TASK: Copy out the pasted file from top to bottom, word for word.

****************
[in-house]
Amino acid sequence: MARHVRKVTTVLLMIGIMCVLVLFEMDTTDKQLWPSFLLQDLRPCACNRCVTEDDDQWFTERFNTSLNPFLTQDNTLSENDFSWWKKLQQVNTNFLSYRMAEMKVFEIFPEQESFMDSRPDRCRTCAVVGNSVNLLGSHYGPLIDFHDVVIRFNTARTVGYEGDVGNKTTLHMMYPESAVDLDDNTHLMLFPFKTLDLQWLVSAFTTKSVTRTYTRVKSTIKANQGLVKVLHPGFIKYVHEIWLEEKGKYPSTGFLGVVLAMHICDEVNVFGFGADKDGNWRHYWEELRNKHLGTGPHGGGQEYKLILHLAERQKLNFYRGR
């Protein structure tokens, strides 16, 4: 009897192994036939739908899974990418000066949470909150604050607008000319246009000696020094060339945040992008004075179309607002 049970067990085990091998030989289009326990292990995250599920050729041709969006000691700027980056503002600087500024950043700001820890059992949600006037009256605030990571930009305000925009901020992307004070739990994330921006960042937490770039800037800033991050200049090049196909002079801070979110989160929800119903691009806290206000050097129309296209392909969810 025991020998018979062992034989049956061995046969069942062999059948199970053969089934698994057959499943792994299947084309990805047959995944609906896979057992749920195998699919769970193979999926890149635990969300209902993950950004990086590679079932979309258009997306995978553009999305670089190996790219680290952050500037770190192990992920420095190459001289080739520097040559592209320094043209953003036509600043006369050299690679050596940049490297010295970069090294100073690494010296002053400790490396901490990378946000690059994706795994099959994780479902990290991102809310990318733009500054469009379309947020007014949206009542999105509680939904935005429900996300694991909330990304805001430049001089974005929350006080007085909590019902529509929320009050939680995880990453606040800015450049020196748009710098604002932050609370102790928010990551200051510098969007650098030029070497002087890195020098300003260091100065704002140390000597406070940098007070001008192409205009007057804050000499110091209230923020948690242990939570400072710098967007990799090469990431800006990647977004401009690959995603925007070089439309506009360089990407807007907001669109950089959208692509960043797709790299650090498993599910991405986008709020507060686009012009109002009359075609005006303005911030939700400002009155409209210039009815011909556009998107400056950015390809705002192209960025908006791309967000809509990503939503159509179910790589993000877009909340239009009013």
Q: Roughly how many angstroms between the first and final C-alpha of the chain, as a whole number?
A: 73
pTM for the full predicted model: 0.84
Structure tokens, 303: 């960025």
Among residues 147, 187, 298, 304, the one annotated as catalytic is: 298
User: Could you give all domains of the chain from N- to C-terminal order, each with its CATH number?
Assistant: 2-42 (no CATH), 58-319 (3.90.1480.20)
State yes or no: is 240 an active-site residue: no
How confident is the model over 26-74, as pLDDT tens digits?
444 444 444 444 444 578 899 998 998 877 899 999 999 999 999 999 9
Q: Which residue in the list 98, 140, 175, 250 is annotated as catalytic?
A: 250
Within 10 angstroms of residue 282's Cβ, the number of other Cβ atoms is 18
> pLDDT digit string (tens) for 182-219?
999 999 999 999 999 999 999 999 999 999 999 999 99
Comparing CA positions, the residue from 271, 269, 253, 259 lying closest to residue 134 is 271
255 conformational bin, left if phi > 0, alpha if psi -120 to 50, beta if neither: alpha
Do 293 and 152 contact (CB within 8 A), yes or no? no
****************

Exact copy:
[in-house]
Amino acid sequence: MARHVRKVTTVLLMIGIMCVLVLFEMDTTDKQLWPSFLLQDLRPCACNRCVTEDDDQWFTERFNTSLNPFLTQDNTLSENDFSWWKKLQQVNTNFLSYRMAEMKVFEIFPEQESFMDSRPDRCRTCAVVGNSVNLLGSHYGPLIDFHDVVIRFNTARTVGYEGDVGNKTTLHMMYPESAVDLDDNTHLMLFPFKTLDLQWLVSAFTTKSVTRTYTRVKSTIKANQGLVKVLHPGFIKYVHEIWLEEKGKYPSTGFLGVVLAMHICDEVNVFGFGADKDGNWRHYWEELRNKHLGTGPHGGGQEYKLILHLAERQKLNFYRGR
């Protein structure tokens, strides 16, 4: 009897192994036939739908899974990418000066949470909150604050607008000319246009000696020094060339945040992008004075179309607002 049970067990085990091998030989289009326990292990995250599920050729041709969006000691700027980056503002600087500024950043700001820890059992949600006037009256605030990571930009305000925009901020992307004070739990994330921006960042937490770039800037800033991050200049090049196909002079801070979110989160929800119903691009806290206000050097129309296209392909969810 025991020998018979062992034989049956061995046969069942062999059948199970053969089934698994057959499943792994299947084309990805047959995944609906896979057992749920195998699919769970193979999926890149635990969300209902993950950004990086590679079932979309258009997306995978553009999305670089190996790219680290952050500037770190192990992920420095190459001289080739520097040559592209320094043209953003036509600043006369050299690679050596940049490297010295970069090294100073690494010296002053400790490396901490990378946000690059994706795994099959994780479902990290991102809310990318733009500054469009379309947020007014949206009542999105509680939904935005429900996300694991909330990304805001430049001089974005929350006080007085909590019902529509929320009050939680995880990453606040800015450049020196748009710098604002932050609370102790928010990551200051510098969007650098030029070497002087890195020098300003260091100065704002140390000597406070940098007070001008192409205009007057804050000499110091209230923020948690242990939570400072710098967007990799090469990431800006990647977004401009690959995603925007070089439309506009360089990407807007907001669109950089959208692509960043797709790299650090498993599910991405986008709020507060686009012009109002009359075609005006303005911030939700400002009155409209210039009815011909556009998107400056950015390809705002192209960025908006791309967000809509990503939503159509179910790589993000877009909340239009009013």
Q: Roughly how many angstroms between the first and final C-alpha of the chain, as a whole number?
A: 73
pTM for the full predicted model: 0.84
Structure tokens, 303: 């960025």
Among residues 147, 187, 298, 304, the one annotated as catalytic is: 298
User: Could you give all domains of the chain from N- to C-terminal order, each with its CATH number?
Assistant: 2-42 (no CATH), 58-319 (3.90.1480.20)
State yes or no: is 240 an active-site residue: no
How confident is the model over 26-74, as pLDDT tens digits?
444 444 444 444 444 578 899 998 998 877 899 999 999 999 999 999 9
Q: Which residue in the list 98, 140, 175, 250 is annotated as catalytic?
A: 250
Within 10 angstroms of residue 282's Cβ, the number of other Cβ atoms is 18
> pLDDT digit string (tens) for 182-219?
999 999 999 999 999 999 999 999 999 999 999 999 99
Comparing CA positions, the residue from 271, 269, 253, 259 lying closest to residue 134 is 271
255 conformational bin, left if phi > 0, alpha if psi -120 to 50, beta if neither: alpha
Do 293 and 152 contact (CB within 8 A), yes or no? no